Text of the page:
LSAT 13 – Section 2 – Question 14

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Type Tags Answer
Curve Question
PT13 S2 Q14
Necessary assumption +NA
+Medium 148.524 +SubsectionMedium
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This is a straight forward question stem for an NA question. The argument depends on the assumption in the answer. This is asking for necessity.

First off in this stimulus, that is a powerful sounding book. I don’t know of anything this convincing, so we’ve set a very extreme characteristic to this book. But remember that on the LSAT, we accept the assertions as true. So this book is all powerful in its persuasiveness. Members of the Earth Association gave away 2,000 copies last month. Given its persuasive power, that seems like a worthwhile thing to do for an environmental organization. “Thus” is introducing the conclusion here in the final line: The EA converted 2,000 people to the cause.

Well, a lot of problems might come to mind. First, it’s not enough for someone to own the book to be persuaded by it. It still needs to be read. Did any of these people they gave the books to read it? Also, to be converted, the recipients must not have already been environmentalists. Who are these people? The Earth Association better not have been distributing these at a convention for environmentalists, or I’m skeptical that they haven’t just been handing these out to people who were already environmentalists. Maybe these issues are obvious to some of us, maybe not to others. I do think these are particularly conspicuous compared to the average NA question, but we need not see these as problems. Whether you saw these or not, you still want to keep an open mind with the answer choices. There may very well be something else. With NA, there is almost always other directions a correct answer could take. For example, another NA here would be something like, “Copies of To Save the Earth are not printed in a font too small for any of the 2,000 recipients to read.” Bet no one predicted that, but it would be the right answer if provided. It goes to the same idea that each recipient actually read it, but its presented in a surprising way that may be difficult to recognize if we’re committed to looking for any answer in particular.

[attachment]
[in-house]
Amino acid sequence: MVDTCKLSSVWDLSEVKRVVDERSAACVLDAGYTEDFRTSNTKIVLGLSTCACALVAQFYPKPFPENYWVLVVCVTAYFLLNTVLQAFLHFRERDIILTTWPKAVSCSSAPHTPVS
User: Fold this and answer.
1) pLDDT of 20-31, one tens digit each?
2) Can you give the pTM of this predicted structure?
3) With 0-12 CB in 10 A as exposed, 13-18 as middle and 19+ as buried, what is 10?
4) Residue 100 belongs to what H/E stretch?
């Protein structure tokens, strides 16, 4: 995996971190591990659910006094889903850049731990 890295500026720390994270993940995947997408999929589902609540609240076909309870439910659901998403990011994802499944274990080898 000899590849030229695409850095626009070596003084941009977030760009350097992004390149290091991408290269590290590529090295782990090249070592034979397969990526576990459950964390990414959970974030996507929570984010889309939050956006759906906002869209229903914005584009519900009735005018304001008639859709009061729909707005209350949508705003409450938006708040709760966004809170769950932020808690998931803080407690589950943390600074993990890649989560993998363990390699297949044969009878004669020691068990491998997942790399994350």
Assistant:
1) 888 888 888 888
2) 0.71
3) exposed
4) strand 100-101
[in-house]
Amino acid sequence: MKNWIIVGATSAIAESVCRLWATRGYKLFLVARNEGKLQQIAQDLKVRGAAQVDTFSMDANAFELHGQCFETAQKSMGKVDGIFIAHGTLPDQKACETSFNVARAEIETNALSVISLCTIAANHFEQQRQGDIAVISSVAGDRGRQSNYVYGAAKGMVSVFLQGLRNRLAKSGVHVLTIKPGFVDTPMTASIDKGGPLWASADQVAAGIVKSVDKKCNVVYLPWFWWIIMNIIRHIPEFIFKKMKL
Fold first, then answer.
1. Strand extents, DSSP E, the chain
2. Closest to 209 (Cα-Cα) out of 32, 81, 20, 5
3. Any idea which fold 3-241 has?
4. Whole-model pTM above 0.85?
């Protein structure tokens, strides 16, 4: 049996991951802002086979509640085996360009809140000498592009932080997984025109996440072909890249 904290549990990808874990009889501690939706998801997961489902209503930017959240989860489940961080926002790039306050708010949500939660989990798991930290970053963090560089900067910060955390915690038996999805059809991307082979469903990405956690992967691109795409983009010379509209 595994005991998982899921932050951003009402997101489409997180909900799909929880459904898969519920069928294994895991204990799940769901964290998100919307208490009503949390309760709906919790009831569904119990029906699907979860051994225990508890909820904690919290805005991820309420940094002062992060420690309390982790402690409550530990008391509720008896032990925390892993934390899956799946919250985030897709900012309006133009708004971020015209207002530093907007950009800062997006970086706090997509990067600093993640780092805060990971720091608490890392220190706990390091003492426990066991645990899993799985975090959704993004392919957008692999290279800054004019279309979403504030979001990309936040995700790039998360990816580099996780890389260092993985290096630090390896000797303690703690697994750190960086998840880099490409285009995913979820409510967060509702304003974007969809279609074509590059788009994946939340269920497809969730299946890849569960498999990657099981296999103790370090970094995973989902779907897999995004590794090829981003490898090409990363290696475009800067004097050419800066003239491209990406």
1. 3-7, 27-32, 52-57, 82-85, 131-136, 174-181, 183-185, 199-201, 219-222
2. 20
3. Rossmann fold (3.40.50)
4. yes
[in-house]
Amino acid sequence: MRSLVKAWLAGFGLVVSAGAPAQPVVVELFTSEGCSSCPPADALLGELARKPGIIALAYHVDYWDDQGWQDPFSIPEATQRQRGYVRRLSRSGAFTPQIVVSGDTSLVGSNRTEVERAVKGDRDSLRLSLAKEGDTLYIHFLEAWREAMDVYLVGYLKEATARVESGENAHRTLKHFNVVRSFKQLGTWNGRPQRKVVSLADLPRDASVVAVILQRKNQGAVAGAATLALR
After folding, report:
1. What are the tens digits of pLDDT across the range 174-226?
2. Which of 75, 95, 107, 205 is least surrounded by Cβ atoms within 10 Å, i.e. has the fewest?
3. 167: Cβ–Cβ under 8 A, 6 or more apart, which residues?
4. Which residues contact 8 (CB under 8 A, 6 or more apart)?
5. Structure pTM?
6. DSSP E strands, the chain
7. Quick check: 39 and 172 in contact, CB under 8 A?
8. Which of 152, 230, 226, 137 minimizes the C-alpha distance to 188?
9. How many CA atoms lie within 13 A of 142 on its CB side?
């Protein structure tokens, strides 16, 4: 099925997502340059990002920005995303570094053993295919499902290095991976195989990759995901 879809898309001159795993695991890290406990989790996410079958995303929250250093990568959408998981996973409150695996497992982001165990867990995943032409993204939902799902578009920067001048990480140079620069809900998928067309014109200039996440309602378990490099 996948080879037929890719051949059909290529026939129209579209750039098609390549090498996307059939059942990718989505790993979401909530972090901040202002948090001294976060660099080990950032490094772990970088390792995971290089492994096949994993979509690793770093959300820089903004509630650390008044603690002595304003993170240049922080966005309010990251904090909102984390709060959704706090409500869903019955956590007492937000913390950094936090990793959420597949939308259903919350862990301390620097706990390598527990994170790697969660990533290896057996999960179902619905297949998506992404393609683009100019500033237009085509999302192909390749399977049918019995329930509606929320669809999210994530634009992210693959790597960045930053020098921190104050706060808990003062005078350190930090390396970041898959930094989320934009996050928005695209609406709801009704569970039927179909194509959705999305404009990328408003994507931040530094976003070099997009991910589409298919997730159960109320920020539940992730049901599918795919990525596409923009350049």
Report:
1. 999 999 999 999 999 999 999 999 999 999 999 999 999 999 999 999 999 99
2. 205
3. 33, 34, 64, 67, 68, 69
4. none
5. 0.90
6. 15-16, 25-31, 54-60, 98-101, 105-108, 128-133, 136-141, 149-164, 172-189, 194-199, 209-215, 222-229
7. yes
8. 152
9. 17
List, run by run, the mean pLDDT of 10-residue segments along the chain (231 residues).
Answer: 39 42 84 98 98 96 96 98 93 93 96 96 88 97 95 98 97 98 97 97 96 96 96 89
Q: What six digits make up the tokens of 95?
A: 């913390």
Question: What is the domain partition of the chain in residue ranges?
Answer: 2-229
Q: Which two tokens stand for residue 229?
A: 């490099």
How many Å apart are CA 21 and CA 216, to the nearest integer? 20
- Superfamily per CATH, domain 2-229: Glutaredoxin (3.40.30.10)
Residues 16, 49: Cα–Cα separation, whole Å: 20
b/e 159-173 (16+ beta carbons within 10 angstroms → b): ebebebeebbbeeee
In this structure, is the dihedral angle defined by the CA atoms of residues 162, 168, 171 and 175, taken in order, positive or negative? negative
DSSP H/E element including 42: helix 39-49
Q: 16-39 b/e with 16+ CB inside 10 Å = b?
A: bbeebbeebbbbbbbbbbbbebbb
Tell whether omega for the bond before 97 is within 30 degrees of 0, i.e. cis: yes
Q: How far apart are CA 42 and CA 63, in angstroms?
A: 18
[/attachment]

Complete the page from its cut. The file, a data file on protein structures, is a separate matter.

Answer Choice (A) Well that doesn’t have to be true. The more the merrier. We might have an issue if other organizations gave it to the same recipients, but this doesn’t say that. If it did, then these people would get this book with or without the Earth Association and so that could be a problem for their claim. If you selected this, did you think that’s what it said? Read carefully!

Answer Choice (B) This is wrong, but it’s a little tricky. Their “willingness” to buy it does not particularly matter. They could both be willing to buy it and not have bought it. I’d be willing to buy lots of things I have not actually bought. So just because they’d’ve been willing to buy it doesn’t mean they’d have obtained (and read) a copy. Furthermore, if they were willing to buy it, it doesn’t at all matter that they would have been willing to have bought it from the Earth Association. Any bookstore or online retailer or yard sale or anything else would be fine. This just doesn’t have to be true.

Answer Choice (C) Recycled paper? No. We might expect this book to be sustainably printed, but this has nothing to do with its persuasive power or whether or not the Earth Association has changed hearts and minds.

Correct Answer Choice (D) Here it is. If someone was already committed to the cause when the Earth Association gave them the book, then the Earth Association cannot claim to have converted that person to the cause they were already committed to.

Answer Choice (E) This is another slippery one. We do need each recipient to convert to the environmentalist cause, but that need not mean they embrace the specific brand of environmentalism advocated for by the Earth Association. That is an additional assumption which we are not at liberty to make and which prevents this answer from being necessary.

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